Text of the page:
Controversial Blog Posts: How to Make them Work

Any topic can stir up controversy. As a health journalist, I can rest assured that someone will passionately disagree with any article’s content. Someone will claim that carrots are wellness-breakers. Another will argue that all meat is toxic. Others are so passionate about a particular lifestyle, they fight for it. Passion can be a great thing, and so can controversy.

Controversial issues run the gamut, from highly debatable topics, like religion, ethics and politics, to the less obvious, like books, fitness and fashion. If varying opinions exist, heated debate can follow. Though journalism and blogging are very different animals, I believe that a little controversy can help or hinder both.

Reasons (and Examples) You Might Cover a Controversial Topic

  • To express your opinion. You feel strongly about traditional versus nontraditional publishing, a new law that was passed or a personal experience and dang it, you’re gonna blog about it!
  • To educate or inspire others. You have expertise in education or medicine and use your blog as a platform to share it with others. (Writer and therapist Louise Behiel does a fantastic job of this on her blog.) Whether intentional or not, the topics you feel compelled to write about could very well be controversial.
  • To engage readers. You have a fair number of readers, but your comments have been sparse. So you dip into a controversy topic to stimulate conversation. This is one of the top ways to gain more comments on your blog, according to social media strategist and blogging pro, David Murton.
  • To attract more readers. You primarily write about books and authors. To attract readers with other interests, you cover an environmental or social issue. Social media sends people passionate about the new issue your way. (I’m personally not a fan of controversy for the sake of boosted numbers, but some writers swear by it.)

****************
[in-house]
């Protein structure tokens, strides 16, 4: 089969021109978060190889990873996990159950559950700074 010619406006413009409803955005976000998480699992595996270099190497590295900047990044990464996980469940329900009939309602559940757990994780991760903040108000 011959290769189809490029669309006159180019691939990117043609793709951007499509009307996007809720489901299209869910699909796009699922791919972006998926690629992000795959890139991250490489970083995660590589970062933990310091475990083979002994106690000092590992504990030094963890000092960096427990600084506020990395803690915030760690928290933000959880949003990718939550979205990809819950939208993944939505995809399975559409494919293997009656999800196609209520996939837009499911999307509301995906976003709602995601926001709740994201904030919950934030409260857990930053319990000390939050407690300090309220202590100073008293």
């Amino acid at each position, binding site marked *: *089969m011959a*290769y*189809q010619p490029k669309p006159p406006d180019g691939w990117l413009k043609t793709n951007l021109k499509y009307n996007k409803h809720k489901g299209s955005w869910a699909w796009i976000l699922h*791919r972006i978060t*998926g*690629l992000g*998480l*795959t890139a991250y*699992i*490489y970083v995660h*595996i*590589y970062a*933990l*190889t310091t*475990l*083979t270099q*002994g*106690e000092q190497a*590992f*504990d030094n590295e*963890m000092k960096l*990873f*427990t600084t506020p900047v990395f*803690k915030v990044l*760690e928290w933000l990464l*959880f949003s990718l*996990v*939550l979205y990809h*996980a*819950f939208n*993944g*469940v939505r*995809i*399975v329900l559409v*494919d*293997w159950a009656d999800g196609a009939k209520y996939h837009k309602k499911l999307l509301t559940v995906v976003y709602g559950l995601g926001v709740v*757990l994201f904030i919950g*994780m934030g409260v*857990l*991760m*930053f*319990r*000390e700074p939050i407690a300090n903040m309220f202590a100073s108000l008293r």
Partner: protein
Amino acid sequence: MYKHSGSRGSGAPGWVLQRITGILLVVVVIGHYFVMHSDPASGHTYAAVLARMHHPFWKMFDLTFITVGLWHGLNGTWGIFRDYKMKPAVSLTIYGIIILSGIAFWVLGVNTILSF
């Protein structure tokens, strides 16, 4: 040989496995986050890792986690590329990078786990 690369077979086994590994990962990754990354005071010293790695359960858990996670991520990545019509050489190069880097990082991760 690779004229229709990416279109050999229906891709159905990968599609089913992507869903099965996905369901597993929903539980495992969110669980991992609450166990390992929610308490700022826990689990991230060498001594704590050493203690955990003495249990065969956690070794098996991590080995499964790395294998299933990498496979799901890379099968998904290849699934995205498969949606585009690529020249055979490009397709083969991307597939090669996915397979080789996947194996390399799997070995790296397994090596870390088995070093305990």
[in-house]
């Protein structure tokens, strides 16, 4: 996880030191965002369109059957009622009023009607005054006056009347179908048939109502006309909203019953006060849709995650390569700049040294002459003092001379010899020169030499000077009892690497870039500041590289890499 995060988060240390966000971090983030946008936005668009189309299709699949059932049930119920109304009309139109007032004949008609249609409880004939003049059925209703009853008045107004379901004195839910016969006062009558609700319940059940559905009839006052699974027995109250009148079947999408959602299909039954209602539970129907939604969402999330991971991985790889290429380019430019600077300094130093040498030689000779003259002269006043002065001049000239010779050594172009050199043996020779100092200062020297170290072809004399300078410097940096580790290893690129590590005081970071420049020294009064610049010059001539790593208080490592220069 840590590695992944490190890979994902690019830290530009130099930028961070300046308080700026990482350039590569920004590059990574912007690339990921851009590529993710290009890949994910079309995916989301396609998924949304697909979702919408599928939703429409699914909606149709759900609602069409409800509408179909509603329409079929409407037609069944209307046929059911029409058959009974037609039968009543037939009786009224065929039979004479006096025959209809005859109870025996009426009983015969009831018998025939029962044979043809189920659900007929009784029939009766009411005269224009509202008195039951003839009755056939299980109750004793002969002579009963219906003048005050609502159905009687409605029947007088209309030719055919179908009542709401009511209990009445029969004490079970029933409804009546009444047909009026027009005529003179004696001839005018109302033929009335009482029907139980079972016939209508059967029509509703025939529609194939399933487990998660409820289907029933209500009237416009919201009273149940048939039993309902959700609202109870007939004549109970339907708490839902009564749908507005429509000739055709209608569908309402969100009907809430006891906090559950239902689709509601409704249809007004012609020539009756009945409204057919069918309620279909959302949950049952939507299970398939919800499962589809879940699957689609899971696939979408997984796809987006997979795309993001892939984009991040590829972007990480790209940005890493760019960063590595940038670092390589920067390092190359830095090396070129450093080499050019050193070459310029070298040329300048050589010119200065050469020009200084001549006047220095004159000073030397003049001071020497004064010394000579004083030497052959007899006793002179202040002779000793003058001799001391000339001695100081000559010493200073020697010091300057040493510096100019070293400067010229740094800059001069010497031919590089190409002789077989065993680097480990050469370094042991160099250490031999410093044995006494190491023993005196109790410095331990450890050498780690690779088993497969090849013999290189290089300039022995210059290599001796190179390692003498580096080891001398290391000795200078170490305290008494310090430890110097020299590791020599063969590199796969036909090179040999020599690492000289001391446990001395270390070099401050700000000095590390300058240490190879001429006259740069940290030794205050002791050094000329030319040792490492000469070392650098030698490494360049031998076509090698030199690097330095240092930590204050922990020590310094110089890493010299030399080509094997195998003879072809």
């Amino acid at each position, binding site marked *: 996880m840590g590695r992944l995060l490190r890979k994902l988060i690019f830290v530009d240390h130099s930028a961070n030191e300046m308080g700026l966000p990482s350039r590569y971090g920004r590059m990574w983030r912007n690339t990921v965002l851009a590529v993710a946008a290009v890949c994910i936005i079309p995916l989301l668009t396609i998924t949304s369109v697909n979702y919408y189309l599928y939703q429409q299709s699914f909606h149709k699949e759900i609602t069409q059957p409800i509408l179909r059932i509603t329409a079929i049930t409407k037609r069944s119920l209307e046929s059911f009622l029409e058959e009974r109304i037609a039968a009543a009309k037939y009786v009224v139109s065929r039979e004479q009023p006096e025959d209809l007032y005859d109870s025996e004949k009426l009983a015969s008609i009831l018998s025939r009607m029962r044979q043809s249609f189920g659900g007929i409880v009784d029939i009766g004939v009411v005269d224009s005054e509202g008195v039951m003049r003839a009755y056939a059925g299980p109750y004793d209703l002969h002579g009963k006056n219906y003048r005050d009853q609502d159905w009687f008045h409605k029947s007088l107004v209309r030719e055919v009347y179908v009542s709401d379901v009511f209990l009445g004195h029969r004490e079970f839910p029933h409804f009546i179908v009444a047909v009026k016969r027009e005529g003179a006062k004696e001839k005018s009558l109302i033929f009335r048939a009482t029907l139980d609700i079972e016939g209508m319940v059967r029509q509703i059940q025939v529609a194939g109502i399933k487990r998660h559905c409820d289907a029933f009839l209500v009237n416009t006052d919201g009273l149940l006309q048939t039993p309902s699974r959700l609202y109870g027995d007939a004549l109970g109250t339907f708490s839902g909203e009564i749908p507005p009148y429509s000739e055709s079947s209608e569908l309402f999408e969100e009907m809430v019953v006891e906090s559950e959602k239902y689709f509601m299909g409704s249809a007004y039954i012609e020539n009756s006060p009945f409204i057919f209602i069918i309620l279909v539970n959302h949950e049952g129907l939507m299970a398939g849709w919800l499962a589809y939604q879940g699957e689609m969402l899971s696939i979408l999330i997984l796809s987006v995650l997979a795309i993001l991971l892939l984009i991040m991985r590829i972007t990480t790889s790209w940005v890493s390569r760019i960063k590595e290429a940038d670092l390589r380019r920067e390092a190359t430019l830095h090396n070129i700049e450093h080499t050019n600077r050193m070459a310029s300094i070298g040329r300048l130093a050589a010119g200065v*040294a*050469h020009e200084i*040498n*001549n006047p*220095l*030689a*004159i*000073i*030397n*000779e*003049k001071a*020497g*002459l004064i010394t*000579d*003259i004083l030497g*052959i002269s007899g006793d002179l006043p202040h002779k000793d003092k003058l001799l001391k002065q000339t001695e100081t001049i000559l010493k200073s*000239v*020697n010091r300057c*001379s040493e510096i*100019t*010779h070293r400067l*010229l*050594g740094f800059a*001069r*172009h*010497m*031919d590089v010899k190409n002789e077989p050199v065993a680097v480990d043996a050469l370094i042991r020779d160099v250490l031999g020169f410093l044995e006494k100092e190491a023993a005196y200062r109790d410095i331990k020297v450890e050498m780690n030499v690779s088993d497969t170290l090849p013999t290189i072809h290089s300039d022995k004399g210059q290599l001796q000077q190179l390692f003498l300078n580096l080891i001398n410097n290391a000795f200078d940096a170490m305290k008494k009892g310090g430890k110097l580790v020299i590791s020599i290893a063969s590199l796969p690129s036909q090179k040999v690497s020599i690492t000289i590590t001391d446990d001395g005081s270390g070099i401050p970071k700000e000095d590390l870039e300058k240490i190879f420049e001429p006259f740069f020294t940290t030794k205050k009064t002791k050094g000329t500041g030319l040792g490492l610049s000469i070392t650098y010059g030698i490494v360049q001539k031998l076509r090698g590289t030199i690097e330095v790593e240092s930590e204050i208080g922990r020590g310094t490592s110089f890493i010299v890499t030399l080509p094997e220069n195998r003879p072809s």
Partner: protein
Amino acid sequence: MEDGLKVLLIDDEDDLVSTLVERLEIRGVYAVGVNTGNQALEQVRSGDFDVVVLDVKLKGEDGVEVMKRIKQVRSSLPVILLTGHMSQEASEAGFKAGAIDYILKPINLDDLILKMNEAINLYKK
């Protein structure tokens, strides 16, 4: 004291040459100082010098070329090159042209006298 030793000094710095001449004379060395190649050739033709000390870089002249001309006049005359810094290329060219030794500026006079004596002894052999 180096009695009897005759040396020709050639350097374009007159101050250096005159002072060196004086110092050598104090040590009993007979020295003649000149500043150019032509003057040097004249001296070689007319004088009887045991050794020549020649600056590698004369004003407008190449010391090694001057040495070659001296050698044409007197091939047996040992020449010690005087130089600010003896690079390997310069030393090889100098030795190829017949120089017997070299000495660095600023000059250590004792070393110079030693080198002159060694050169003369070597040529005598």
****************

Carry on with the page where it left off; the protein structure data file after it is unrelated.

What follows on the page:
• To have fun and entertain. Not all controversial topics are heavy. Some are downright funny. I always enjoy Piper Bayard’s series, The End is Near (and we deserve it!). Her last segment featured the question, Would you get a vibrating tattoo? (Need I say more???)

Weighing the Risks

Whenever we cover a controversial topic, we run the risk of misunderstandings and hurt feelings—ours and readers.’ (News alert: Writers are sensitive! ;)) Even if we present information respectfully, readers might not follow suit. If you bring up popular myths, you’re up against the mass media microphone. And we never know when we’ll strike a sensitive chord with someone; it’s possible we’ll unintentionally open wounds. And though we might attract new readers in the process, we risk losing others—particularly if we shock readers with a strong opinion piece or present our case poorly. Intense debates can also be exhausting for the writer—especially if we’ve shared strong personal opinions. (If you thrive on debate, that’s another story.)